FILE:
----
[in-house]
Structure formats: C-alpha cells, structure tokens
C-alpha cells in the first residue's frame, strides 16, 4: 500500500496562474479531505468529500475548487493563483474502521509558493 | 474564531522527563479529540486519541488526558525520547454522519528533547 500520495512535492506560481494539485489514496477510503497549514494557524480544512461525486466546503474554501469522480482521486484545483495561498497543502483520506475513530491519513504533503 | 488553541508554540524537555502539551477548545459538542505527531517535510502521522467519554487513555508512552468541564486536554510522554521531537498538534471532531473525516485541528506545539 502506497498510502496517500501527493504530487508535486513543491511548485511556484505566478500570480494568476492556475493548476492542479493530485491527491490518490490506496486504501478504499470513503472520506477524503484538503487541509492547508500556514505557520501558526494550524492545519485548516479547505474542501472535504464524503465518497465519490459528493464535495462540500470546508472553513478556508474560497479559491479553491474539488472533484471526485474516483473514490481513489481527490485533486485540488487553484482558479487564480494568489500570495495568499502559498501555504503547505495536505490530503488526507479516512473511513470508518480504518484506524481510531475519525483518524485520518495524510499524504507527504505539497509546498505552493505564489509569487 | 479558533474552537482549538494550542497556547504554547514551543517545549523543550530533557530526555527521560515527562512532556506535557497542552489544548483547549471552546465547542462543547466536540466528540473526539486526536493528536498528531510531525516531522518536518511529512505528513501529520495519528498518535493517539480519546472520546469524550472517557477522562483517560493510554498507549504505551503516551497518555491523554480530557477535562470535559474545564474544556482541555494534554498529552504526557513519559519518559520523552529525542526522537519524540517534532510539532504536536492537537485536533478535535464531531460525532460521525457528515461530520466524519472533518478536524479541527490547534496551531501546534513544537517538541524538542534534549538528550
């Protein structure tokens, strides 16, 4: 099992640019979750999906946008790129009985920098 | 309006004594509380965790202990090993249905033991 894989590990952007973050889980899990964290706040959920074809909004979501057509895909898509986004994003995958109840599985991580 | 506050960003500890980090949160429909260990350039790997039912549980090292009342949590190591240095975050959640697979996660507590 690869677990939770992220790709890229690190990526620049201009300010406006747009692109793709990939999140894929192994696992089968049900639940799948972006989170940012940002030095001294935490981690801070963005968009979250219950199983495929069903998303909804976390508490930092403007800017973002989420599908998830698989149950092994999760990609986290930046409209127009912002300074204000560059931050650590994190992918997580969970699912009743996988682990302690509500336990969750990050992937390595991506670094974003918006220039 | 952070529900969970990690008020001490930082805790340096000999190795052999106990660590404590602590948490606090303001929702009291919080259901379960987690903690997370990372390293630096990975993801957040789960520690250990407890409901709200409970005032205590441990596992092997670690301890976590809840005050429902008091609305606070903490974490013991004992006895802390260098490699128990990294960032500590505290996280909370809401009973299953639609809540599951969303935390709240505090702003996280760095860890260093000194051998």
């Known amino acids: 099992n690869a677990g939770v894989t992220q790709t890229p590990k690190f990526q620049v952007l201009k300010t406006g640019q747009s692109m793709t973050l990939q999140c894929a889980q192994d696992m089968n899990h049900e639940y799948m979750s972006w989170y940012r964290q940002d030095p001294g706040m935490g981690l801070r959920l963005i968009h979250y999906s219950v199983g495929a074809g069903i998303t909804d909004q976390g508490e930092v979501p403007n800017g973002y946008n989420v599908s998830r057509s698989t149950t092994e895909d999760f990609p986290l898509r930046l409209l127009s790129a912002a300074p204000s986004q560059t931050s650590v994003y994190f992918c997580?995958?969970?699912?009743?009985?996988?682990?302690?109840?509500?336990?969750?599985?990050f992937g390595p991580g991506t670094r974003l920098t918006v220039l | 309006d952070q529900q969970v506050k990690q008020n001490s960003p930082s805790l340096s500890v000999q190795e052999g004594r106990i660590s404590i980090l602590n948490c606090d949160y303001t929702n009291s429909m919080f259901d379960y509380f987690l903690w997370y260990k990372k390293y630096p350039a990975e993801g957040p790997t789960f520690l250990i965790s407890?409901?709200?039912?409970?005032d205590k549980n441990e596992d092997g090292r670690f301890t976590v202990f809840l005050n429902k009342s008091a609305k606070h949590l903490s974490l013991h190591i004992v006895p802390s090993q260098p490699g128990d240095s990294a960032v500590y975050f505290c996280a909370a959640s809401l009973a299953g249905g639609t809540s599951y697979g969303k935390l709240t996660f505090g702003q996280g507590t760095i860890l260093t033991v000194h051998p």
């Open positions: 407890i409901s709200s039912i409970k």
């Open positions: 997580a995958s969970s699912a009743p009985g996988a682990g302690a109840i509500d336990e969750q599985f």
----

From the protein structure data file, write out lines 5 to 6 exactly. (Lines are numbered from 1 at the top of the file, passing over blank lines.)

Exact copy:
């Known amino acids: 099992n690869a677990g939770v894989t992220q790709t890229p590990k690190f990526q620049v952007l201009k300010t406006g640019q747009s692109m793709t973050l990939q999140c894929a889980q192994d696992m089968n899990h049900e639940y799948m979750s972006w989170y940012r964290q940002d030095p001294g706040m935490g981690l801070r959920l963005i968009h979250y999906s219950v199983g495929a074809g069903i998303t909804d909004q976390g508490e930092v979501p403007n800017g973002y946008n989420v599908s998830r057509s698989t149950t092994e895909d999760f990609p986290l898509r930046l409209l127009s790129a912002a300074p204000s986004q560059t931050s650590v994003y994190f992918c997580?995958?969970?699912?009743?009985?996988?682990?302690?109840?509500?336990?969750?599985?990050f992937g390595p991580g991506t670094r974003l920098t918006v220039l | 309006d952070q529900q969970v506050k990690q008020n001490s960003p930082s805790l340096s500890v000999q190795e052999g004594r106990i660590s404590i980090l602590n948490c606090d949160y303001t929702n009291s429909m919080f259901d379960y509380f987690l903690w997370y260990k990372k390293y630096p350039a990975e993801g957040p790997t789960f520690l250990i965790s407890?409901?709200?039912?409970?005032d205590k549980n441990e596992d092997g090292r670690f301890t976590v202990f809840l005050n429902k009342s008091a609305k606070h949590l903490s974490l013991h190591i004992v006895p802390s090993q260098p490699g128990d240095s990294a960032v500590y975050f505290c996280a909370a959640s809401l009973a299953g249905g639609t809540s599951y697979g969303k935390l709240t996660f505090g702003q996280g507590t760095i860890l260093t033991v000194h051998p």
């Open positions: 407890i409901s709200s039912i409970k």